Team USA’s Olivia Fiechter upset world No. 13 Nele Gilis to cap off a strong start for Team USA in the second round of the PSA Platinum El Gouna Open Friday, May 21, in Egypt.
Fiechter, who broke into the world’s top twenty-five ranked players for the first time last month, opened up her tournament with a routine three-game win over the Egyptian Wild Card on Thursday. In Friday’s second round, Fiechter avenged her 2019 Tournament of Champions loss against Gilis, coming back from a game down to win 3-11, 11-9, 11-9, 11-6 in fifty-one minutes.
“I’m tearing up a little bit. It’s been a long year for everybody. I just worked really really hard for the past six months. I have an awesome team around me, we thought a lot about this match,” Fiechter said after the match. “The last time I played Nele, I was really disappointed about my match, about how I played. She is obviously so mentally tough and such a great competitor. So I knew I had to bring 110% today. I’m so pleased I was able to get that win for myself and for my team. I have been doing a lot of work with Danny Massaro, with my coaches Peter Nicol, Graham Williams, Moustafa Bayoumi, we have made sure that every session is mentally so intense, everything is so intentional.”
The win over Gilis marks the twenty-five-year-old’s second career top 15 upset. Fiechter, world No. 24, now advances to her second career Platinum third round where she will face Egypt’s world No. 9 Salma Hany Sunday at 3pm local time, 9am EDT.
“It’s just that day in day out focus on quality, it’s finally coming together,” Fiechter said. “The most important probably, my shot selection, my awareness on court, I’m trying to improve that. Also, it doesn’t hurt that Olivia Clyne, Sabrina and Amanda [Sobhy sisters], all moved to Philadelphia, we all train together and play match practice. I think my self-confidence, self-belief out there took a real step up, has really improved. And that’s exactly what took me through that match.”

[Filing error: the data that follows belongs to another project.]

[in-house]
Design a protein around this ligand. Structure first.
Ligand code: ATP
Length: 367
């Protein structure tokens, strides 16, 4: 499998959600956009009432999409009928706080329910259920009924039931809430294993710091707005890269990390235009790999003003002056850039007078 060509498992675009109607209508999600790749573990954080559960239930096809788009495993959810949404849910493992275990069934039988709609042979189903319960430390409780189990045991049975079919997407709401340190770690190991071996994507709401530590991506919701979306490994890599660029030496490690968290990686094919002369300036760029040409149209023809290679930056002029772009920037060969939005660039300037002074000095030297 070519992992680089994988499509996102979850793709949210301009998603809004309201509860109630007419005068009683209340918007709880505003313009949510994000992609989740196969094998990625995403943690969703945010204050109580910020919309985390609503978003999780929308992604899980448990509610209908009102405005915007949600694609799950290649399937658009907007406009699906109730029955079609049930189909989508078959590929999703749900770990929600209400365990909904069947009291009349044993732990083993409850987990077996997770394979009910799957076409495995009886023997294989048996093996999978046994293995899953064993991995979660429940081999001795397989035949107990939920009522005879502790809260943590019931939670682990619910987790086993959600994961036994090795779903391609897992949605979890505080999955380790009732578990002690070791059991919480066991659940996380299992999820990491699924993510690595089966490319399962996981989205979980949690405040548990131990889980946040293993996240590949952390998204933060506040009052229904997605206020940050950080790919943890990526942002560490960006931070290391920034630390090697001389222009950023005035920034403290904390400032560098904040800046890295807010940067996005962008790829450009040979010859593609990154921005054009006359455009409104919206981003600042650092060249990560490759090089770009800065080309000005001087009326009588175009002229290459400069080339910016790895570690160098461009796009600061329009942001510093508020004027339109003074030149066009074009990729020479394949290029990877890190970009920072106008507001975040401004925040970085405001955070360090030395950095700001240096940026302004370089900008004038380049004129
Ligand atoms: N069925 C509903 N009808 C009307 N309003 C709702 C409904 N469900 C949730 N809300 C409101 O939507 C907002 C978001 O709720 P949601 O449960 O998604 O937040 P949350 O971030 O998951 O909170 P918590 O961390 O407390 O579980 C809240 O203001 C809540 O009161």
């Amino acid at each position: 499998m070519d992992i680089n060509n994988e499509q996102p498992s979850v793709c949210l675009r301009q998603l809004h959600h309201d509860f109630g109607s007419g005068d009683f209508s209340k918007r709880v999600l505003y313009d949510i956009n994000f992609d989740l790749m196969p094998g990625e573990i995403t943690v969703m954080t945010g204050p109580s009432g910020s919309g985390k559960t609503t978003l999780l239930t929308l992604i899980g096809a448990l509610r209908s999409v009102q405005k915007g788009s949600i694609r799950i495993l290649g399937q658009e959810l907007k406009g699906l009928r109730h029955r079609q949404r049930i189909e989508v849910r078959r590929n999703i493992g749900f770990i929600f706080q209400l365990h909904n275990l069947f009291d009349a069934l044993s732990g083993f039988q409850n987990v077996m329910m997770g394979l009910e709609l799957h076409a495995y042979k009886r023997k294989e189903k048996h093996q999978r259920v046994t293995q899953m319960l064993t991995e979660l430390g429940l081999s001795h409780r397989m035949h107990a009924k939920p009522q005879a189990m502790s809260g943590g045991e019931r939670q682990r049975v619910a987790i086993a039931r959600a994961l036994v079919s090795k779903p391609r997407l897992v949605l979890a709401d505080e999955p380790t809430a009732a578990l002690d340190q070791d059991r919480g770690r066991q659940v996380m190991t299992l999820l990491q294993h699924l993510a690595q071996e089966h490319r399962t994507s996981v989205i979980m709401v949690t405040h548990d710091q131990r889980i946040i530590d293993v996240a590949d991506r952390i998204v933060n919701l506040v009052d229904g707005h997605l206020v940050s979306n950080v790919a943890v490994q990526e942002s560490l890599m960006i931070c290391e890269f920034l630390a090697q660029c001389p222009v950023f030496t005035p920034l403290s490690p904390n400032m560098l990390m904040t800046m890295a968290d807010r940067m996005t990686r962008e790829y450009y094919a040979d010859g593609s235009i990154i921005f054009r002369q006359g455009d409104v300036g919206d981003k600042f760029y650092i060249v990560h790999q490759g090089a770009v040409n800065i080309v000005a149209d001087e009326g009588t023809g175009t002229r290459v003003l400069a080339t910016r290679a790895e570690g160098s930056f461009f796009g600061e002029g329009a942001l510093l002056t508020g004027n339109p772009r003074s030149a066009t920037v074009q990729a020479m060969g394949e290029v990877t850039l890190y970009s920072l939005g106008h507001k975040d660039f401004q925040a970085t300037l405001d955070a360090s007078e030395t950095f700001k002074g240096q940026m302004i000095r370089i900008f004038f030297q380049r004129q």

Amanda Sobhy joins Fiechter in the third round after the world No. 5 opened up her tournament with a four-game win over Canadian Danielle Letourneau Friday.
Sobhy, the tournament’s four seed, is familiar with the world No. 21’s game having trained with Letournaeu often in Egypt.
“It took me a little while to adapt,” said Sobhy. “Funnily enough, every time I come to Egypt, Danielle and I have a hit and train together, so this is the first time I arrive in Cairo and I’m like oh no, I cannot practice with Danielle because we are playing each other. I know how much she has improved. Honestly, I’m so happy for her and how well she is doing, she is one of my best friends. We were the same year in college, so we played each other and now to see how much she’s improved, with that big jump, not many people can do that.”
Sobhy will face English twenty-one-year-old Lucy Turmel in the third round Sunday, after the world No. 37 upset U.S. teammate Olivia Blatchford Clyne in the second round.
“It’s so nice to play new blood with Lucy Turmel,” Sobhy said. “I never really watch her play, it’s very nice to play someone new, and it’s nice not to have to play an Egyptian all the time.”
In the men’s draw, both U.S. representatives, Todd Harrity and Shahjahan Khan, opened up their campaigns with first-round upsets.
Harrity, the world No. 48 who is currently based in Egypt, defeated England’s world No. 43 in straight games 11-7, 11-8, 11-5 in forty-one minutes to reach the second round.
“Egypt has been great, I’ve learned so much out of the past six months or so I have been living here,” Harrity said. “All the best players are there, it’s like a microcosm of squash, and it’s amazing. I’m learning so much from my coach Haitham Effat and the other players. Also, I am playing a lot of matches, and I am getting better at wining matches, I guess, which is in fact wait for it, the purpose of it all.”
Harrity will face French world No. 37 Baptiste Masotti in the second round Saturday at 1:45pm local time, 7:45am EDT.
“I worked with Haitham on some techniques and so, but mostly, he is so experienced, he’s watched so much squash over the course of his coaching career,” Harrity said. “I think his help with me has been as much the mental aspect and how to think, how a winner or a champion thinks and not worrying about the score, trusting the process in fact.”
World No. 54 Shahjahan Khan took out Scotland’s world No. 38 Alan Clyne in a four-game first-round tussle 9-11, 11-8, 11-7, 11-9 after sixty-five minutes. The result sent Khan into just his second career Platinum second round, following his first in November’s Qatar Classic.
Khan’s run in El Gouna came to an end in the second round at the hands of Harvard’s Victor Crouin Friday, who advanced 12-10, 11-8, 11-4.
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